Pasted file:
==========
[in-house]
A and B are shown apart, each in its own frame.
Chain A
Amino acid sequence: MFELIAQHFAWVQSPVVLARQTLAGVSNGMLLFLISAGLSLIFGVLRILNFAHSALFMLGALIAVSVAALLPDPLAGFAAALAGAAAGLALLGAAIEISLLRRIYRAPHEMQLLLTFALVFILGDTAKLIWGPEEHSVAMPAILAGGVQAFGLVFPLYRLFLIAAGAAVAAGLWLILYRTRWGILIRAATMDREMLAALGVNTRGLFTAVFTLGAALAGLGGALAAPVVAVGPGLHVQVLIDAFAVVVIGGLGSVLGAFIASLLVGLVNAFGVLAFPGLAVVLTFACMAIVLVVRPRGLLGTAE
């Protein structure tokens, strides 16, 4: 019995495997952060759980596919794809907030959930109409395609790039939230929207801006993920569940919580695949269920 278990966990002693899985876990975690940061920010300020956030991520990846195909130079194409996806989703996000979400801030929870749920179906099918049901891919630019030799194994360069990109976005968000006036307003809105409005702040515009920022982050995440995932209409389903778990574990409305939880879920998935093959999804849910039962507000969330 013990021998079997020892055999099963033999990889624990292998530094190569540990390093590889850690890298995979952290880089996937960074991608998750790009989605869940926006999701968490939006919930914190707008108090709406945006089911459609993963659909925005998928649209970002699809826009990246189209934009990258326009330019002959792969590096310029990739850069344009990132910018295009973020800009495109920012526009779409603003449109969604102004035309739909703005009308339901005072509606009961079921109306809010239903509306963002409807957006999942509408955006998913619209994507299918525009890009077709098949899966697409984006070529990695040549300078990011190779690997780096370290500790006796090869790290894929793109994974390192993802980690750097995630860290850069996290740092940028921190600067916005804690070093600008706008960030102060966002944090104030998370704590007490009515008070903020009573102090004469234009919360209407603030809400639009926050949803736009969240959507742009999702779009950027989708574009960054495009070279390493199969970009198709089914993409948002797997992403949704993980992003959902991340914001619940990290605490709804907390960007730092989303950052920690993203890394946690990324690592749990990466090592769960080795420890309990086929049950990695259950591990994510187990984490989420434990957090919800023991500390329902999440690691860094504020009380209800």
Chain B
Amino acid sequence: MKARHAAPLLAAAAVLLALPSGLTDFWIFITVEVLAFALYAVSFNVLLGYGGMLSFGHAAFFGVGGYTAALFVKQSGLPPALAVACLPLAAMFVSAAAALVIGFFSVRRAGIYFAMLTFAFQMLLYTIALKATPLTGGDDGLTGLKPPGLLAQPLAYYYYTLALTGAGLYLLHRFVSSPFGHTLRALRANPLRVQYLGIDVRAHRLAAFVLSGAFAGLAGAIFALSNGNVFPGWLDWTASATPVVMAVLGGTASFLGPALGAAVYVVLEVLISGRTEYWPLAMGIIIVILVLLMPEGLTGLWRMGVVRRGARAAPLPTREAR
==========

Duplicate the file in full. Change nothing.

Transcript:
[in-house]
A and B are shown apart, each in its own frame.
Chain A
Amino acid sequence: MFELIAQHFAWVQSPVVLARQTLAGVSNGMLLFLISAGLSLIFGVLRILNFAHSALFMLGALIAVSVAALLPDPLAGFAAALAGAAAGLALLGAAIEISLLRRIYRAPHEMQLLLTFALVFILGDTAKLIWGPEEHSVAMPAILAGGVQAFGLVFPLYRLFLIAAGAAVAAGLWLILYRTRWGILIRAATMDREMLAALGVNTRGLFTAVFTLGAALAGLGGALAAPVVAVGPGLHVQVLIDAFAVVVIGGLGSVLGAFIASLLVGLVNAFGVLAFPGLAVVLTFACMAIVLVVRPRGLLGTAE
């Protein structure tokens, strides 16, 4: 019995495997952060759980596919794809907030959930109409395609790039939230929207801006993920569940919580695949269920 278990966990002693899985876990975690940061920010300020956030991520990846195909130079194409996806989703996000979400801030929870749920179906099918049901891919630019030799194994360069990109976005968000006036307003809105409005702040515009920022982050995440995932209409389903778990574990409305939880879920998935093959999804849910039962507000969330 013990021998079997020892055999099963033999990889624990292998530094190569540990390093590889850690890298995979952290880089996937960074991608998750790009989605869940926006999701968490939006919930914190707008108090709406945006089911459609993963659909925005998928649209970002699809826009990246189209934009990258326009330019002959792969590096310029990739850069344009990132910018295009973020800009495109920012526009779409603003449109969604102004035309739909703005009308339901005072509606009961079921109306809010239903509306963002409807957006999942509408955006998913619209994507299918525009890009077709098949899966697409984006070529990695040549300078990011190779690997780096370290500790006796090869790290894929793109994974390192993802980690750097995630860290850069996290740092940028921190600067916005804690070093600008706008960030102060966002944090104030998370704590007490009515008070903020009573102090004469234009919360209407603030809400639009926050949803736009969240959507742009999702779009950027989708574009960054495009070279390493199969970009198709089914993409948002797997992403949704993980992003959902991340914001619940990290605490709804907390960007730092989303950052920690993203890394946690990324690592749990990466090592769960080795420890309990086929049950990695259950591990994510187990984490989420434990957090919800023991500390329902999440690691860094504020009380209800």
Chain B
Amino acid sequence: MKARHAAPLLAAAAVLLALPSGLTDFWIFITVEVLAFALYAVSFNVLLGYGGMLSFGHAAFFGVGGYTAALFVKQSGLPPALAVACLPLAAMFVSAAAALVIGFFSVRRAGIYFAMLTFAFQMLLYTIALKATPLTGGDDGLTGLKPPGLLAQPLAYYYYTLALTGAGLYLLHRFVSSPFGHTLRALRANPLRVQYLGIDVRAHRLAAFVLSGAFAGLAGAIFALSNGNVFPGWLDWTASATPVVMAVLGGTASFLGPALGAAVYVVLEVLISGRTEYWPLAMGIIIVILVLLMPEGLTGLWRMGVVRRGARAAPLPTREAR